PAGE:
Yes, I know this is in all likelihood the image of an airplane captured by a low-quality cell phone camera... but it's still pretty darn evocative, don't you think?
Fox has just announced the green-lightning of a sequel to Cosmos, the award-winning TV show that launched the late Carl Sagan as iconic image of Science for an entire generation. Seth MacFarlane, the man behind such shows like Family Guy and American Dad, will be teaming with Sagan's widow, Anne Druyan, to produce the 13-episode series:
Envisioned as a successor to the Emmy and Peabody Award-winning original 13-part program, which was hosted by Sagan, the new Cosmos series will be hosted by renowned astrophysicist Neil deGrasse Tyson. Underscoring MacFarlane's commercial appeal, Cosmos will air on Fox in primetime, something pretty unprecedented these days for a science documentary series on commercial American television. (The original series aired on PBS.) Fox will air Cosmos: A Personal Voyage in 2013, which is also when the network will launch MacFarlane's Flintstones reboot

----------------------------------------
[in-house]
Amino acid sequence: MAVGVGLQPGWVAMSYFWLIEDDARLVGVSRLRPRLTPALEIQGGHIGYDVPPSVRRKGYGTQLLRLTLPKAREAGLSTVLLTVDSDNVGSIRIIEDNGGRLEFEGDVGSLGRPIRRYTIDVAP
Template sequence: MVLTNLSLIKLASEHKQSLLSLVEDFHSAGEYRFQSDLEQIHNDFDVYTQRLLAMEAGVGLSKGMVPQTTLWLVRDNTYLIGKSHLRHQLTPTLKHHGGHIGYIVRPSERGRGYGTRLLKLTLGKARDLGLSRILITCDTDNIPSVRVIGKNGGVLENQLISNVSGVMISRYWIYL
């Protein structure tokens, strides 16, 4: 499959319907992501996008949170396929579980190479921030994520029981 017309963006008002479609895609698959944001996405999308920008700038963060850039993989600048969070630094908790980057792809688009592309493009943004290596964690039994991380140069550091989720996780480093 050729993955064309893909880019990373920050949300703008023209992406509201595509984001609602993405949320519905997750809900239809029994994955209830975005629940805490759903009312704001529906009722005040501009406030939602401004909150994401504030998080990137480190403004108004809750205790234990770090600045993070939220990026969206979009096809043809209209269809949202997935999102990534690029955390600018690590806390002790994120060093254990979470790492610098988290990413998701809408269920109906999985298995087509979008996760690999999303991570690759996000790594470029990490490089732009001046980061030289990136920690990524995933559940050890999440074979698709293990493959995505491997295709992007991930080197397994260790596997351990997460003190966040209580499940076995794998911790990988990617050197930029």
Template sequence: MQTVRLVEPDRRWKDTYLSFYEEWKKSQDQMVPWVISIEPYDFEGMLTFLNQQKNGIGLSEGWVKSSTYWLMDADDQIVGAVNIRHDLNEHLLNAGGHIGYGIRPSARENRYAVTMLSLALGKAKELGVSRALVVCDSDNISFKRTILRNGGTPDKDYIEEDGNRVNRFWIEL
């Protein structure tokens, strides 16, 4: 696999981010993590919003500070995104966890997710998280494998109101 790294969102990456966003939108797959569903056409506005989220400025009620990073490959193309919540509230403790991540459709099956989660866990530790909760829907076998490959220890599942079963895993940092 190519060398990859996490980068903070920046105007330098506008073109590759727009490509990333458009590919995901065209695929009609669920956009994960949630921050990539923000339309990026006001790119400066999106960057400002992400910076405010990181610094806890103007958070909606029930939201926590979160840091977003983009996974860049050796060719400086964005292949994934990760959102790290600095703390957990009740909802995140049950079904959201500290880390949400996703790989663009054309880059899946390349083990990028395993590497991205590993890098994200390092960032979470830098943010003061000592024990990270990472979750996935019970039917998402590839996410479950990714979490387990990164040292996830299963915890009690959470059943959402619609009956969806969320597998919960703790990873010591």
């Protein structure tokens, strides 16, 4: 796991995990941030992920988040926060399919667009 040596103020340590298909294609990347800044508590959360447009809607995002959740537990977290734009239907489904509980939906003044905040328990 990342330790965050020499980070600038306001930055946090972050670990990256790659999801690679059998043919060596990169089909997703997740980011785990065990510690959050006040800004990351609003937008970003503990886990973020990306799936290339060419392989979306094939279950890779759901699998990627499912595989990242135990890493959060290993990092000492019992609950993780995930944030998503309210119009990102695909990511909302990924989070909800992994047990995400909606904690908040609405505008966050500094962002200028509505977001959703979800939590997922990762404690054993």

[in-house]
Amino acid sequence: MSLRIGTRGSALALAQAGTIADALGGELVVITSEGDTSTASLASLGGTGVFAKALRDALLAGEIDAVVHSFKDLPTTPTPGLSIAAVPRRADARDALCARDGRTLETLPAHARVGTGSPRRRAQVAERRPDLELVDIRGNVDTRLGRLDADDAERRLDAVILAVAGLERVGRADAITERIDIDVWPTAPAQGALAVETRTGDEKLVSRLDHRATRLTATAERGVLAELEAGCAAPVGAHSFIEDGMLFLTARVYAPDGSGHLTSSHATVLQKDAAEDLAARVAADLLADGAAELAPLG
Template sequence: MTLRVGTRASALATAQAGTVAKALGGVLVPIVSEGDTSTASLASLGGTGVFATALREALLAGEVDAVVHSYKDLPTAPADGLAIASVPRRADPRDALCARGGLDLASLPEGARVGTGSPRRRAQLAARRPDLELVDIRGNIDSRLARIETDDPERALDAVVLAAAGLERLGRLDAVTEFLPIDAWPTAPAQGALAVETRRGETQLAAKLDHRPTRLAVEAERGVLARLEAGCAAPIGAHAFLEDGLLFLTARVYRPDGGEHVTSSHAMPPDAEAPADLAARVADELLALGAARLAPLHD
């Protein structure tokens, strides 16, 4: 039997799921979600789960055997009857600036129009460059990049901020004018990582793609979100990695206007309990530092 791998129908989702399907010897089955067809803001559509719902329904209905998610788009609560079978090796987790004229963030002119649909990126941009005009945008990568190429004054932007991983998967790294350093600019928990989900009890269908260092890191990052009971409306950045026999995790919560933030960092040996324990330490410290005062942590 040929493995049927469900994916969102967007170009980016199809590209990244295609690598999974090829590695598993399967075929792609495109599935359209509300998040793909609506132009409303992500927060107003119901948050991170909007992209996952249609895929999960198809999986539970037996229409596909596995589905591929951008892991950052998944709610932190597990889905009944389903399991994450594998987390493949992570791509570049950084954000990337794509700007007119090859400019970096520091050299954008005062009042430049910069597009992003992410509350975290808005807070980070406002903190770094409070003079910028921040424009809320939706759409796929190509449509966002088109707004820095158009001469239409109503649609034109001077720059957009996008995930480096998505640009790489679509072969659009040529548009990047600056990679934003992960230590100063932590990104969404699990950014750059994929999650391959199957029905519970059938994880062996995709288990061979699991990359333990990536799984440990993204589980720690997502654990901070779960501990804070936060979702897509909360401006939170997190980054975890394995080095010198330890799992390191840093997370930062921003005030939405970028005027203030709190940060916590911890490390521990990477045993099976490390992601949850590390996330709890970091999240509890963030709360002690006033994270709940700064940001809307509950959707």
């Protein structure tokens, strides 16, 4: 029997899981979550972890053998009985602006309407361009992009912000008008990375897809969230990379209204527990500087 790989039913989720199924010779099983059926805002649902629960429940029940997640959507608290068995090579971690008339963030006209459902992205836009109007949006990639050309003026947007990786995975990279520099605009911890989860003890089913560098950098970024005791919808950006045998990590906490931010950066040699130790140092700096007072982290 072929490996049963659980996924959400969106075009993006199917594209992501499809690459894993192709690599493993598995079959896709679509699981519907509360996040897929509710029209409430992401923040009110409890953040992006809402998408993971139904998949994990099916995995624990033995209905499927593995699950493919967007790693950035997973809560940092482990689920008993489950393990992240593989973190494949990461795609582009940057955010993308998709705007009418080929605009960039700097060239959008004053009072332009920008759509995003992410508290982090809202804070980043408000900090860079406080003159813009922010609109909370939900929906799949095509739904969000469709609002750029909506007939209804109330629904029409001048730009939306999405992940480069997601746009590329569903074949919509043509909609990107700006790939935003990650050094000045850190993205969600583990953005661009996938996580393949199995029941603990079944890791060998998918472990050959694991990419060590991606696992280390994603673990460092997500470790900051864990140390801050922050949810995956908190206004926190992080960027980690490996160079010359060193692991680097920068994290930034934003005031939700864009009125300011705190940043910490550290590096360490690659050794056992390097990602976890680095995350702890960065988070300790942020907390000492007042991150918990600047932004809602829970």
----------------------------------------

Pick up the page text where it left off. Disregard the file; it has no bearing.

Kind of an odd pairing, if you ask me; probably influenced by the prospect of Billions and billions... of dollars. Let's just hope it doesn't end up looking like this:
I've become a huge fan of TNT's Sci-Fi drama Falling Skies. I like both the plot scenario and the characters showing the struggle of Humanity to survive in a post-apocalyptic Earth invaded by aliens.
The last chapter broadcasted here in Mexico took the show on an interesting twist, which seems to suggest the producers are taking inspiration on memes spawned inside Internet forums.
To understand what I'm talking about, first a little background: The story is set in the not-so distant future, where civilians organized in resistance guerrilla groups are fighting a horde of alien invaders that have utterly destroyed the infrastructure of all the world governments, and are systematically plundering the Earth's natural resources; among those resources, the one the aliens seem to be most interested in are human children, who are routinely captured and mentally-controlled via a bio-mechanical device called 'the harness'.
Up until now the aliens comprised of two main groups: the Skitters, and the Mechs: The Skitters are hideous multi-legged biological entities —a clear homage to H.G. Wells' War of the Worlds, the shows' main inspiration— that are in command of the Mechs, which are advanced AI battle droids.
However on episode 7, "What Hides Beneath", the main characters catch a rare glimpse of another type of alien, a tall humanoid-type entity they assume is part of the actual commanding elite of the alien invasion. What's interesting about all this, is that the new tall alien is eerily reminiscent of the Slender Man, an urban myth that is said to prey upon unsupervised children: